Market Share & Size

Published: May 27, 2016
Last Updated: Feb 10, 2019
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Both market size and market share held by competitors are key factors when assessing the competitive environment. Keep in mind that there is no single source of market size and market share data. Market information is usually pieced together from various sources and is not often readily available for niche or emerging industries. One strategy is to combine a competitor's name or a comparable, established industry with the term market share in article databases or read market research reports. You will need to identify and describe your market – who your customers are and what the demand is for your products and services.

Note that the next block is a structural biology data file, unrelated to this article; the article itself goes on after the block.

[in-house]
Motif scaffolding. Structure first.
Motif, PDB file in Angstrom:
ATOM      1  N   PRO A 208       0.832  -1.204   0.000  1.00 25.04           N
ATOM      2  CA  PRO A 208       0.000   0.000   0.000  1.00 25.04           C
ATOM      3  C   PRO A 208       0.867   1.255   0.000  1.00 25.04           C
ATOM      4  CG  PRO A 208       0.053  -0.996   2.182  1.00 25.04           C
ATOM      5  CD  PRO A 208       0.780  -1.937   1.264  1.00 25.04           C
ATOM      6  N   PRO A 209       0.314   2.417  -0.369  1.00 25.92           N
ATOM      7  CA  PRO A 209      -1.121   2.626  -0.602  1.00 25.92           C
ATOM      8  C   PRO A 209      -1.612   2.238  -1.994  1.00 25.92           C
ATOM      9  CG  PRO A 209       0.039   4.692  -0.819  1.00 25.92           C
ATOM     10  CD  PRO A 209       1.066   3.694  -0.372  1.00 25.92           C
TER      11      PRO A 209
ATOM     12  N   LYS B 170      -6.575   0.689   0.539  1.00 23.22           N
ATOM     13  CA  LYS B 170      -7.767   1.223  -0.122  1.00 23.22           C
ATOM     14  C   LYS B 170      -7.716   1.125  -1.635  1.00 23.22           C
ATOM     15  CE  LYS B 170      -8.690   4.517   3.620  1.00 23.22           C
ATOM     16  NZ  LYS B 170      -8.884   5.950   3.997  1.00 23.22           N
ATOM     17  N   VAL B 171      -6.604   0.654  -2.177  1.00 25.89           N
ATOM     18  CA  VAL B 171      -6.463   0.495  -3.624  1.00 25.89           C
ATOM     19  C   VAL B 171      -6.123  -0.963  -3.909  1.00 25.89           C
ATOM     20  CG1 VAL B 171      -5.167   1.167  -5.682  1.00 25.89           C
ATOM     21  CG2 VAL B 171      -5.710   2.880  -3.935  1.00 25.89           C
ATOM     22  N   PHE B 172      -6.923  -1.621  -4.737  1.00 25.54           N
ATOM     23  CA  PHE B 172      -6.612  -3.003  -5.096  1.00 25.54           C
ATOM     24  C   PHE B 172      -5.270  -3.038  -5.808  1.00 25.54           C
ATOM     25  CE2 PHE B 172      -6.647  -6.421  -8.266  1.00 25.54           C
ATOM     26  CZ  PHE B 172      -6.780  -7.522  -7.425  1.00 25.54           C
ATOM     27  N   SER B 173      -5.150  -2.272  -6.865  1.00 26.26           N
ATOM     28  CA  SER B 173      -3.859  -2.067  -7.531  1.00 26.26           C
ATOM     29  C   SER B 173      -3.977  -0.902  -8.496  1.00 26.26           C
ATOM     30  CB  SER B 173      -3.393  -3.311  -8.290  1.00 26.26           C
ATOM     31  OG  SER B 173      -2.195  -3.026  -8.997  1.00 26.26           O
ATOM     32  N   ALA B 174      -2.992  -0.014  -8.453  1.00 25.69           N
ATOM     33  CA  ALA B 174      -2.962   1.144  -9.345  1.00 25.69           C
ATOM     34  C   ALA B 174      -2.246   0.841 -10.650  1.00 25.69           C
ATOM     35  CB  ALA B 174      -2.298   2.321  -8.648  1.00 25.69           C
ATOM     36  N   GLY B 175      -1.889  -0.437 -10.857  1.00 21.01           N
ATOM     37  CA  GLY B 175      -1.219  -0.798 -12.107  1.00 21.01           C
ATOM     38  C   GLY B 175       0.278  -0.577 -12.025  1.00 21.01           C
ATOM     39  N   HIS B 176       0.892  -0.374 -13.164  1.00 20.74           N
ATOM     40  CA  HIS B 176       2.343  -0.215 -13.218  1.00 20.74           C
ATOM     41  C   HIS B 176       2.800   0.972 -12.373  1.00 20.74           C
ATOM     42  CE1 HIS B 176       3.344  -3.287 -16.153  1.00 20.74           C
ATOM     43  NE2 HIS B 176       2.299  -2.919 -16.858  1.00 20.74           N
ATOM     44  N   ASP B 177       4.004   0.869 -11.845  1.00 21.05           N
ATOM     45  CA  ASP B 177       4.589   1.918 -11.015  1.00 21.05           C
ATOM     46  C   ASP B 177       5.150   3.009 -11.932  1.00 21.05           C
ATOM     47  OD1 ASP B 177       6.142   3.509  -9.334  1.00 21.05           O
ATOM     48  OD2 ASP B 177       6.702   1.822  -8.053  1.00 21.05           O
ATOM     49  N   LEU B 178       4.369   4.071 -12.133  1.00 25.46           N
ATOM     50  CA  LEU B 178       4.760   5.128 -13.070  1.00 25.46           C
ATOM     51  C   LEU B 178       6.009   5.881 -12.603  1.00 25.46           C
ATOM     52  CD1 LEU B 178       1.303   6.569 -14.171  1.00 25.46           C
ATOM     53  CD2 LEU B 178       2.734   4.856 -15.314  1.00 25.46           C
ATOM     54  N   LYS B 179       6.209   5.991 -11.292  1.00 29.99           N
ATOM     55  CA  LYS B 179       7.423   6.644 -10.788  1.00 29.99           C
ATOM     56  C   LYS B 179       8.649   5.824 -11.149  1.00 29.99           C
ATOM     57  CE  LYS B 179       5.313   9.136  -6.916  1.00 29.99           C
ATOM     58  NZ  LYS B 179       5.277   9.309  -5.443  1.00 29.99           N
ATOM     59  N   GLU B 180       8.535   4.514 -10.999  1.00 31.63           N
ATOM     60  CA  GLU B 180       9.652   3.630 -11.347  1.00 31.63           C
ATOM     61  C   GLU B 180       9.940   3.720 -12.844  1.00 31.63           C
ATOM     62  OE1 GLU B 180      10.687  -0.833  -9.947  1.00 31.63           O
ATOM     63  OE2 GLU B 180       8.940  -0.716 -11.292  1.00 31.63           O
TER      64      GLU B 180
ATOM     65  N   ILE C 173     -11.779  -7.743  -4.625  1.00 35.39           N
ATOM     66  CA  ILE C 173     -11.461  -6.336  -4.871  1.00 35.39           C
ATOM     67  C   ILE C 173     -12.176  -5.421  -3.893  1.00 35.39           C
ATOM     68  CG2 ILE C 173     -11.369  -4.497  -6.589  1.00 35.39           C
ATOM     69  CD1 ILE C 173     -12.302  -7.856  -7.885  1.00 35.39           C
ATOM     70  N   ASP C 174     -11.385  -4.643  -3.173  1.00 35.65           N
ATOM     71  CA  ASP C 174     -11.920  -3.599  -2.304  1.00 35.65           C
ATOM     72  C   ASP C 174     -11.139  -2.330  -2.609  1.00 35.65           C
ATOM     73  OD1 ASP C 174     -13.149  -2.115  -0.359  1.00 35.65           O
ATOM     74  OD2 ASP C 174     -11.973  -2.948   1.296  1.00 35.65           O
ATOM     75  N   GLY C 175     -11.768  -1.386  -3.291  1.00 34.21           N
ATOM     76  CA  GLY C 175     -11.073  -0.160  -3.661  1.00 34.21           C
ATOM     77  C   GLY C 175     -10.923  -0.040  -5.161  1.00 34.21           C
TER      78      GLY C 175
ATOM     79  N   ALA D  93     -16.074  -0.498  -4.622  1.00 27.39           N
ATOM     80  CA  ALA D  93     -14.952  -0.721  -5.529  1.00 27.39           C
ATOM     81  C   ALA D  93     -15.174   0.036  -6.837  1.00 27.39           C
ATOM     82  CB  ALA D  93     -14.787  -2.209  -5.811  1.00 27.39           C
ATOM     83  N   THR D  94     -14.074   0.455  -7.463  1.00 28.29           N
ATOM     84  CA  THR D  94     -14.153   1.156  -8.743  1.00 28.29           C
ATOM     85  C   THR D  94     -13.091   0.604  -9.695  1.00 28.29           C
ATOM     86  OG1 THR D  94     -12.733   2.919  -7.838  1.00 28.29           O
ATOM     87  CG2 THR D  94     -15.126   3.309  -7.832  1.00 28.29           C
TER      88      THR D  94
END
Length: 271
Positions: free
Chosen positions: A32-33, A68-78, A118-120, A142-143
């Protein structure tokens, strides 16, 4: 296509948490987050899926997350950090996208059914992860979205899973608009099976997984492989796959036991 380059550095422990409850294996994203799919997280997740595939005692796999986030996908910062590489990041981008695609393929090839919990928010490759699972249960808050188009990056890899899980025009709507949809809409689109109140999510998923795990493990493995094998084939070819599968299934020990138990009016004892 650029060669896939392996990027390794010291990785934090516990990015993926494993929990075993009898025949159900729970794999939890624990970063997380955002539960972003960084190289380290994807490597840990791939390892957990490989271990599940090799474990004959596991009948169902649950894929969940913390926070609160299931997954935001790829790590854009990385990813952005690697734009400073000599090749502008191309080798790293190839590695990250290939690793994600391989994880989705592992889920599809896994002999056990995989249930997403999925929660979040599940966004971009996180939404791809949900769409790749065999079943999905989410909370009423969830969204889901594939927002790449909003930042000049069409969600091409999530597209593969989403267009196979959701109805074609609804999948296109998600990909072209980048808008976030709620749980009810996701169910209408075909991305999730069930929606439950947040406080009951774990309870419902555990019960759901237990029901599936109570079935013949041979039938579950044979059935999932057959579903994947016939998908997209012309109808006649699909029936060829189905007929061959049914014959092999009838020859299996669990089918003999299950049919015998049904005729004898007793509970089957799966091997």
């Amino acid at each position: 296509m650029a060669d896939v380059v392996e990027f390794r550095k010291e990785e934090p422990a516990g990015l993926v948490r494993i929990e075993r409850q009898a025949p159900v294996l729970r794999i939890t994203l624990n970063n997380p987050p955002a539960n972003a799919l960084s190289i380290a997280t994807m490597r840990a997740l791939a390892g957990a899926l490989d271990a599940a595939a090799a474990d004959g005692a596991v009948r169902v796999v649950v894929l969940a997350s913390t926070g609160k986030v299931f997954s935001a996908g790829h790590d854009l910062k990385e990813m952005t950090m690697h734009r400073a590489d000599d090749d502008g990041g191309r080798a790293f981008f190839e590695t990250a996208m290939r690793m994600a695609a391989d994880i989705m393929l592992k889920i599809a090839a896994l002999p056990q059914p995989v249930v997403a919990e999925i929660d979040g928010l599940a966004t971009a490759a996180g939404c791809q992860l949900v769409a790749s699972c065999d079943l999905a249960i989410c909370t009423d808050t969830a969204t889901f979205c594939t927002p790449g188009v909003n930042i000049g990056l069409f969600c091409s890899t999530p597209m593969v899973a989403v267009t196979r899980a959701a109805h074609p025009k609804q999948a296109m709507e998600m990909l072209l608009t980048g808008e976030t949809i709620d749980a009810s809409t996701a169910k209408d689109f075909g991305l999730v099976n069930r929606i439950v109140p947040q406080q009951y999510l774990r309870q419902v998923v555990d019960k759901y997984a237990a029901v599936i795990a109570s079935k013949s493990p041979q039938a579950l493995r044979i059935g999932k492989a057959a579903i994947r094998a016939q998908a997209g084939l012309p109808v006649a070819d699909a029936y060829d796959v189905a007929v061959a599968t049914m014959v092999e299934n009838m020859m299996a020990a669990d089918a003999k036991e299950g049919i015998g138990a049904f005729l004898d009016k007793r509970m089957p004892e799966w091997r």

Library Resources

Access to the following sources may be available through your local public or academic library. For information on how to obtain a library card, and for additional information on using libraries in BC, please visit our Getting Access to Library Resources page.

ABI/INFORM Collection

How to access: If you are a UBC student, staff, faculty or in-person library visitor you can access this resource.

Created by ProQuest this database contains full-text articles from over 1,000 business magazines and journals that track business conditions, trends, management techniques, corporate strategies, and industry-specific topics.

  • Garrahan, R. (2015, Jun 05). Fine jewellery follows the fashion. Financial Times.